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20" Cast Iron Skillet

post #1 of 12
Thread Starter 

Last June I saw a this pan on CL in Green Bay. I'm 90 miles away but my sister lived close so she looked at it for me. The seller wanted $50 in his ad but he didn't say it had a repair done to it. My sister thought it looked like it was braised in his dark garage. I wanted it for cooking over the fire pit so the repair didn't bother me. I offered $30 and he accepted. I had carpal tunnel surgery to both of my hands in June so I couldn't lift the pan. When my sister brought the pan over, she put it in my gas grill for me. 

 

 

 

Before cleaning

 

 

This is what happened to the repair after burning the seasoning off. It must have been Bondo or rock putty or something! Welding cast iron is way above my skill level so I took it to a local welder/machine shop. The welder had to grind a piece of cast iron to fit the missing chip. It also cracked on him so he had to repair the new crack as well. It cost $50 for the repair.

 

 

There is a little wave to the wall but it won't hinder my use of the pan.

 

 

I looked at myself as being a little foolish for putting $80 in a pan that is repaired. You can buy pans of this size from Cabelas for less. money. I posted this pan on a cast iron page on Facebook and found out it is a Lodge pan from the 1940s. I was told that a pan like this without a repair is worth $150-$175. Some thought I could even get my money back even with the repair because it is old quality cast iron.

 

 

It is now repaired stripped and seasoned. The nickel weld didn't darken like the cast iron but I thinks after using it on the fire for a while will take care of that. It is very a very course casting so the cooking surface will hopefully improve with use.

 

This pan will be used this Saturday over the fire to make pancakes for my children and grandchildren, and hopefully some panfish for supper! The floor of the pan is 18 1/2" and it weighs 19llbs 4 oz. I can't wait!

post #2 of 12

Have fun!!

 

 

Cast iron pans and dutch ovens are one of the best ways to cook.

post #3 of 12

Youre lucky, I have known and worked sith some fine weilders and I never knew one that would even touch cast iron. It was mostly for what happened to you, the harder they would try and fix it, the more they had to fix....LOL I had a really old deep pan with about a 10 inch crack down the side.  Lady friend finially put a flower pot in it.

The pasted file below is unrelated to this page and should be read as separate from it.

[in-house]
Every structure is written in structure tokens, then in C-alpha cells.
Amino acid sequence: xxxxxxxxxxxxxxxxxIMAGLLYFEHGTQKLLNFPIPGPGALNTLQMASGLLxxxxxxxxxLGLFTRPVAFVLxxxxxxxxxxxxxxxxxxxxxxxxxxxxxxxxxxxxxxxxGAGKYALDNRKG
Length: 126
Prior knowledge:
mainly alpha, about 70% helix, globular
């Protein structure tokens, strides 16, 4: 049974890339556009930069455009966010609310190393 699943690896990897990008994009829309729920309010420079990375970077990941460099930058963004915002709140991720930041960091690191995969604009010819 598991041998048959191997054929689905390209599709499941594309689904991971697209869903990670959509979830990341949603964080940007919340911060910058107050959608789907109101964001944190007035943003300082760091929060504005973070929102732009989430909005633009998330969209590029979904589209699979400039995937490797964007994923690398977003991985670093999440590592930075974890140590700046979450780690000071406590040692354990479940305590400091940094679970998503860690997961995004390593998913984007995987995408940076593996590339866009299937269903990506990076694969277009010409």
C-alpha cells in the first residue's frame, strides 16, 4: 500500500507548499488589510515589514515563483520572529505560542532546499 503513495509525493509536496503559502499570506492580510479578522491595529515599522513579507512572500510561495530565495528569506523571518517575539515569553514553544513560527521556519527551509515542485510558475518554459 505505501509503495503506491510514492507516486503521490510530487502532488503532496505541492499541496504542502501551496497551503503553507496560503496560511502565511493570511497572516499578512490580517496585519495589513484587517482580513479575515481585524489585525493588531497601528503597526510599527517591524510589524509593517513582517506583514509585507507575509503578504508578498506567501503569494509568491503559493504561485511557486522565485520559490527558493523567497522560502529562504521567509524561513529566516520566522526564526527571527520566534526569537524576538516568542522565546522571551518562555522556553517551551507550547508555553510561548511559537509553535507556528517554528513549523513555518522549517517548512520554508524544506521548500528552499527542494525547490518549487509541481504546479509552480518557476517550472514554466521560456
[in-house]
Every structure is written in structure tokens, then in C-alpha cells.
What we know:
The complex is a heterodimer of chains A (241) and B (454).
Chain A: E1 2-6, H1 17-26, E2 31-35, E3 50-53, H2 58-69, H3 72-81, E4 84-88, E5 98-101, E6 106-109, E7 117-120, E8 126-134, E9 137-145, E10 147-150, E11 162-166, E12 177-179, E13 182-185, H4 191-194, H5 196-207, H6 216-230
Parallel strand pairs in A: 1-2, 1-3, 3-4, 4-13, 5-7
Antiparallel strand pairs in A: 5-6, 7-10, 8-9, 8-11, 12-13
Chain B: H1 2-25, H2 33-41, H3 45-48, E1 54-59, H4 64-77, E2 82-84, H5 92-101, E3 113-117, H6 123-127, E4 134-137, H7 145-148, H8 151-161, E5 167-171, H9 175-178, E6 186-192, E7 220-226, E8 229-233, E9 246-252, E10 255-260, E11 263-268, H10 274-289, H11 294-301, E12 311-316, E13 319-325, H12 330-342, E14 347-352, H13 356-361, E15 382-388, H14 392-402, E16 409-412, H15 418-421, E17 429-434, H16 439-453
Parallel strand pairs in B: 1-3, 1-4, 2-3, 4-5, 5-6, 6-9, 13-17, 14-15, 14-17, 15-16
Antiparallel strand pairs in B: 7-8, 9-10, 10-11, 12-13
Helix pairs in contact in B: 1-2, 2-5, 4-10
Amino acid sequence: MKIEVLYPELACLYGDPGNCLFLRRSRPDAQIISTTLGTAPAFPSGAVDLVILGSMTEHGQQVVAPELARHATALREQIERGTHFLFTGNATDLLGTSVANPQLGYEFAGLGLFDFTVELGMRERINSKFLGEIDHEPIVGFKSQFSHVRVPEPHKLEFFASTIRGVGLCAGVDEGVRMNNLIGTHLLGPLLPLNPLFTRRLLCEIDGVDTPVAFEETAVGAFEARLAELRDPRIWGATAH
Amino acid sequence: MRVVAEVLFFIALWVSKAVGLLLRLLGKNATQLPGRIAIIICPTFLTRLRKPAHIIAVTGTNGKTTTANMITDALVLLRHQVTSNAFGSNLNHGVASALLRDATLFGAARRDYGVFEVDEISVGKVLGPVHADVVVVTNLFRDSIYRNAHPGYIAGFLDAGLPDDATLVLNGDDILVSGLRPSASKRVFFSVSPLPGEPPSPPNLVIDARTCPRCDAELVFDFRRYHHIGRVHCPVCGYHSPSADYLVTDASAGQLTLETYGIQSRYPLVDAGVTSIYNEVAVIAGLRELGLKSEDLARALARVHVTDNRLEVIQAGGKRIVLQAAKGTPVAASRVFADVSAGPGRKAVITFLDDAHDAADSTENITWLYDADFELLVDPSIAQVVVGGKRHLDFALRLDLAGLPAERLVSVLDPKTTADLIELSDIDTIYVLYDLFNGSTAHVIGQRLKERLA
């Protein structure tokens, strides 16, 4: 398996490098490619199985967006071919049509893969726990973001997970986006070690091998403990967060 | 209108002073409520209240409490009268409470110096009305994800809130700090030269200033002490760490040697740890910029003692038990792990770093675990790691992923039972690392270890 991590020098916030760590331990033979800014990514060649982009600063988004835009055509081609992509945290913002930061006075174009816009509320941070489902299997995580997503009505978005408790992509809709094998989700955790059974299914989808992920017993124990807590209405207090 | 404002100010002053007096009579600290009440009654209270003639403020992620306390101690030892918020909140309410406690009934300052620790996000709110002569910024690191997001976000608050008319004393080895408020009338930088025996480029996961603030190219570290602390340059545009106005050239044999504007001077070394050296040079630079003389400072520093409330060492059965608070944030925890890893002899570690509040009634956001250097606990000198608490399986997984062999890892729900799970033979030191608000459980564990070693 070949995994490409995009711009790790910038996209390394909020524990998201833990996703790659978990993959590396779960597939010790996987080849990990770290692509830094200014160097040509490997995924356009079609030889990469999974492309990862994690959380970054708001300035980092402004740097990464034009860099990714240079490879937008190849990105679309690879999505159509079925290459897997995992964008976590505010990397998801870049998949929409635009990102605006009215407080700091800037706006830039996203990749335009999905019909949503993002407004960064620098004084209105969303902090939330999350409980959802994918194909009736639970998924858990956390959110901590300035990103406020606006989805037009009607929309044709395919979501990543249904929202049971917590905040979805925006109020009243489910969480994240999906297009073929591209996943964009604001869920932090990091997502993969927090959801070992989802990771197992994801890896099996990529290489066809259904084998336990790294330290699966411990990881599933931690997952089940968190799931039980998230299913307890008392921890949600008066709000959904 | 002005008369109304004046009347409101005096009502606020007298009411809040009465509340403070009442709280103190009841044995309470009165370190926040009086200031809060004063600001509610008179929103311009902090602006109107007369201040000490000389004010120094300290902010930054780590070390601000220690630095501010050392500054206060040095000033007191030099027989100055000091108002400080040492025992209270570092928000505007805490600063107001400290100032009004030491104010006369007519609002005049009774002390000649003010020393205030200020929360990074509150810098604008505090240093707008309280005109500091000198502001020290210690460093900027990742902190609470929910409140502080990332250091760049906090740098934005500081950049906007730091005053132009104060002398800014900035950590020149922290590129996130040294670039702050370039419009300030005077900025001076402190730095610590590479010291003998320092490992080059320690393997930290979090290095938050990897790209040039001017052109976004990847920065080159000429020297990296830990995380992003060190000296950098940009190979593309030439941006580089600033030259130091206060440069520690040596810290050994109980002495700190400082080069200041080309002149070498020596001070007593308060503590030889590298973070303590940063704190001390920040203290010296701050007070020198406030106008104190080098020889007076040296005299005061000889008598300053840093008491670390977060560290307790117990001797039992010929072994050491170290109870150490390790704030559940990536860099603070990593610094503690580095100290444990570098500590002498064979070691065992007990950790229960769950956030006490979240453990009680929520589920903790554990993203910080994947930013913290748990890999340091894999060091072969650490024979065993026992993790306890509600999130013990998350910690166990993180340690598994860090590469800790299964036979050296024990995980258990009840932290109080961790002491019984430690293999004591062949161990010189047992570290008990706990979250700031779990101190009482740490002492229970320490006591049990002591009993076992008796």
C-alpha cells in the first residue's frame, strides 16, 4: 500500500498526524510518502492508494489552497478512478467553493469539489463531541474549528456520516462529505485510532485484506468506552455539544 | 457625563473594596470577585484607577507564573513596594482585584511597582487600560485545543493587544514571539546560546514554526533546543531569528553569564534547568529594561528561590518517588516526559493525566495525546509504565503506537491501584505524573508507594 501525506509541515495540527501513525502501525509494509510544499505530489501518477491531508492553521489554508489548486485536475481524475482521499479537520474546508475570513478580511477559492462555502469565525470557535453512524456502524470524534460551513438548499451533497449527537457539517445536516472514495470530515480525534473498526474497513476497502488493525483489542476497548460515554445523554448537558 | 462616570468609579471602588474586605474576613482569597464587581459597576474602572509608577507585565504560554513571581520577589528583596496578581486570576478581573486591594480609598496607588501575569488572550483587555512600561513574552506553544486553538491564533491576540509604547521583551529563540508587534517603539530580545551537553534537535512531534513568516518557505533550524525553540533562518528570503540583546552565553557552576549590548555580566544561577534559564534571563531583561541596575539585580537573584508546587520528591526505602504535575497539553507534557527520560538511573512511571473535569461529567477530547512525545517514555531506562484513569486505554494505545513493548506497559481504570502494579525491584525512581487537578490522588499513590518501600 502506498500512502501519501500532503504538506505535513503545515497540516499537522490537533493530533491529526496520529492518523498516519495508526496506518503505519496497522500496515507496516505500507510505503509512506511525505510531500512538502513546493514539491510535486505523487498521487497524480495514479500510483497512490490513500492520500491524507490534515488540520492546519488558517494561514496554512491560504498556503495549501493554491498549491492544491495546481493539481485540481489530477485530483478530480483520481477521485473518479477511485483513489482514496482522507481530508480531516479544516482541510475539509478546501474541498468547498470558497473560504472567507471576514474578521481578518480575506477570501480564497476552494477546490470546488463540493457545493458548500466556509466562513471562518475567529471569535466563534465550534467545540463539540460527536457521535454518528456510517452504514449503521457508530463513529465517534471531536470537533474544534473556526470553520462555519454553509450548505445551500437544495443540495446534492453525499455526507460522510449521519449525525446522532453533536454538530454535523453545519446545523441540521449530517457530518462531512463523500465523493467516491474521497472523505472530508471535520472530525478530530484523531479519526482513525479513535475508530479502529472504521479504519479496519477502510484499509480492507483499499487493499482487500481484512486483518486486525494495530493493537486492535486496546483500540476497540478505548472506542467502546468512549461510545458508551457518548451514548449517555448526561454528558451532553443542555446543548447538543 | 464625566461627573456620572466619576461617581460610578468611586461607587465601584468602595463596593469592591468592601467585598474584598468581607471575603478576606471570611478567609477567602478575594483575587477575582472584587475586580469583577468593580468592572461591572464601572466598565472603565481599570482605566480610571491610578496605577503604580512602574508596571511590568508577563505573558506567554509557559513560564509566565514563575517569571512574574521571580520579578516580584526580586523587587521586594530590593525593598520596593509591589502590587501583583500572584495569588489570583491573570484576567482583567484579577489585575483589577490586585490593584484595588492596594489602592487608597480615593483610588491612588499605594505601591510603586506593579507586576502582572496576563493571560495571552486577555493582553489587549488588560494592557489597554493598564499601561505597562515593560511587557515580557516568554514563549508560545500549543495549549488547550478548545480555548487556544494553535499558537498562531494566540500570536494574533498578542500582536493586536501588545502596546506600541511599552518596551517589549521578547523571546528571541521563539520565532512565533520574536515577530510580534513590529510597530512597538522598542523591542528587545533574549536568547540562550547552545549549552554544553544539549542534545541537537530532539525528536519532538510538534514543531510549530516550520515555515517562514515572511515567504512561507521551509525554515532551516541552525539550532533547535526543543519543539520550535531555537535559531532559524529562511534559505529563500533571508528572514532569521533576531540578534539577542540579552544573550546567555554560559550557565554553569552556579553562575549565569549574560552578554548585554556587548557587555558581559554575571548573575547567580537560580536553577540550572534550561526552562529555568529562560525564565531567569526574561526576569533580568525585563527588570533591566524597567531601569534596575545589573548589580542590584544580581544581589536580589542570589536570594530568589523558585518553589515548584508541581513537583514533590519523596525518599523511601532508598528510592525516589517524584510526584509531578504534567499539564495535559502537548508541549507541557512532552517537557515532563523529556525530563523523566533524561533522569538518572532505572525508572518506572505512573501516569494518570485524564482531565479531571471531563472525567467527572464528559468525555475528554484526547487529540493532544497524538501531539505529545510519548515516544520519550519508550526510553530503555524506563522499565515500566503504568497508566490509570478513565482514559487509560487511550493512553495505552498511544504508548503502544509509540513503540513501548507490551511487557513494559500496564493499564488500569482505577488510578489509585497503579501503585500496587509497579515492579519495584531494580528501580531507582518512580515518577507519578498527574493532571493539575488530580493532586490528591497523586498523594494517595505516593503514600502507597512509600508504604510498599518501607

Bacon eggs, and pancakes or Paella ...... Nice looking grill pan.

post #4 of 12

Todd that repair looks great,good luck with it.

Richie

post #5 of 12

Stiff wire brush or sanding pad to smooth the cooking surface then re-season and it will do wonders for that pan.  I've had to do that with most cast iron I've had over the years.

 Rough = Sticks.

post #6 of 12
Thread Starter 

Quote:

Originally Posted by sfprankster View Post
 

Have fun!!

 

 

Cast iron pans and dutch ovens are one of the best ways to cook.

I enjoy them as well!

 

Quote:
Originally Posted by Foamheart View Post
 

Youre lucky, I have known and worked sith some fine weilders and I never knew one that would even touch cast iron. It was mostly for what happened to you, the harder they would try and fix it, the more they had to fix....LOL I had a really old deep pan with about a 10 inch crack down the side.  Lady friend finially put a flower pot in it.

 

Bacon eggs, and pancakes or Paella ...... Nice looking grill pan.

I learned about welding cast iron on one my tractor manifolds. You are right, when you finally get one spot fixed another problem arises. (Worse than plumbing) I won't try welding cast iron myself unless there are no other options. Never tried Paella, saw it on TV just haven't run in to it in Wisconsin.

 

Quote:
Originally Posted by tropics View Post
 

Todd that repair looks great,good luck with it.

Richie

Thanks!

 

Quote:
Originally Posted by Okie362 View Post
 

Stiff wire brush or sanding pad to smooth the cooking surface then re-season and it will do wonders for that pan.  I've had to do that with most cast iron I've had over the years.

 Rough = Sticks.

I did give the floor some time with emery cloth but some of the pits are deep. I found if I preheat the pan at a lower heat and add the oil or grease right before the food most stuff doesn't stick. There isn't a doubt in my mind that I could have eggs sliding over the rough surface. This works with meat and eggs but not pancakes or potatoes. I'm a little worried about controlling the heat over the fire but that is part of the fun.

post #7 of 12
Thread Starter 

I'm going to repeat this but will add hash browns to the breakfast. Rain stopped me from doing pancakes today.

 

 

 

The small skillet is a #10 BSR.

post #8 of 12
Nice. That pan is huge, I thought my 17" was big.
post #9 of 12
Quote:
Originally Posted by Woodcutter View Post

I'm going to repeat this but will add hash browns to the breakfast. Rain stopped me from doing pancakes today.







The small skillet is a #10 BSR.

Looks great! Nice cook and restore on the pan!
post #10 of 12

ZOMG! Thats a load of breakfast sausage!

 

Does your grate fold flat? Nice looking cooking grate.

post #11 of 12
Thread Starter 
Quote:
Originally Posted by Foamheart View Post
 

ZOMG! Thats a load of breakfast sausage!

 

Does your grate fold flat? Nice looking cooking grate.

 

 


I bought it the other day at Menards for $26. It is 16"x 24"x9" high. It fold flat and is very sturdy. I have some expanded steel left from making my smoker racks so I'm going to make another a little bigger.

post #12 of 12
I don't mean to start anything here, but I liked the looks of the folding grill. I just checked the website of the texas chain 'academy' and found what appears to be the same thing for $15. It's 16 x 24 x 8.5, weighs 9 lbs. I'm gonna look for one in our local store tomorrow.

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